The bus services on the Peninsula need to be reviewed as an integrated system rather than just a collection of routes, to improve connections and reduce barriers to linked trips. This would provide much needed opportunities for residents to connect to important activity centres in Hastings, Rosebud, Mornington, Frankston and beyond.

Why this is important

There are pockets of significant disadvantage across the Peninsula:

  • Our median household income is $1,276, lower than Greater Melbourne’s average of $1,542.
  • There is a substantially higher proportion of older people in the Peninsula community.
  • There is a significant proportion of the Peninsula community with some form of disability.
  • 35 per cent of Peninsula residents experience rental stress, and six towns on the Mornington Peninsula suffer housing stress higher than the Australian average.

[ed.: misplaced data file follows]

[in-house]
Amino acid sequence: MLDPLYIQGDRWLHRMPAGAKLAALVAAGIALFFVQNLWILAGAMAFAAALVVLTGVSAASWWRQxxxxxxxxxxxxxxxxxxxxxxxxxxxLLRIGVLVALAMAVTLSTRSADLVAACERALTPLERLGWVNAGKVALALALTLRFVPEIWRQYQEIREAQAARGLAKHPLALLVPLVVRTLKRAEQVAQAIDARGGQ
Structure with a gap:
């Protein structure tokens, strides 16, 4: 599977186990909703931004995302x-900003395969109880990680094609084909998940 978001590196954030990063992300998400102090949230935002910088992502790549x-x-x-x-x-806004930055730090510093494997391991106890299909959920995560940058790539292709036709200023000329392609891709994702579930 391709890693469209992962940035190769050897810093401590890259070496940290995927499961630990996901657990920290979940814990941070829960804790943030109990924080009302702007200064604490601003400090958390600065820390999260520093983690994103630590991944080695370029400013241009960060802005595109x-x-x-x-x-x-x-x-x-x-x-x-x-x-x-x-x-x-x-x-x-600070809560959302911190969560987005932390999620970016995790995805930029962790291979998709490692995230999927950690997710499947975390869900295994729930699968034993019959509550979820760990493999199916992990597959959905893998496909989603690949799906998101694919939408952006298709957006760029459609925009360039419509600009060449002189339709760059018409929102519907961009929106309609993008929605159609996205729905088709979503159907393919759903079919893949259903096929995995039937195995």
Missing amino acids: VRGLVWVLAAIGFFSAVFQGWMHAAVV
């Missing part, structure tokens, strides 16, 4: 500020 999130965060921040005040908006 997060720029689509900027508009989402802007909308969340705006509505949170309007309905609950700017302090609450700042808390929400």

• 16 per cent of our young people leave school early and 36 per cent of our residents are disengaged with work or education, compared to 27 per cent across Greater Melbourne.

These economic and social factors mean that access to private vehicles may be limited – leading to disadvantage and potential isolation without an adequate and accessible public transport.

A growing number of residents are homeless or at serious risk of becoming homeless on the Peninsula. Elderly residents, women and children are disproportionally affected. While the provision of more affordable housing is critical, there is also an urgent need to provide reliable and accessible public transport to access jobs and essential services.

One of the biggest barriers for Mornington Peninsula businesses is access to a skilled workforce. Workers from other areas seeking employment on the Peninsula find the lack of public transport a disincentive. This is especially an issue over the summer months in key sectors such as tourism and hospitality and has been worsened by the COVID-19 pandemic.

The benefits – supporting evidence and strategies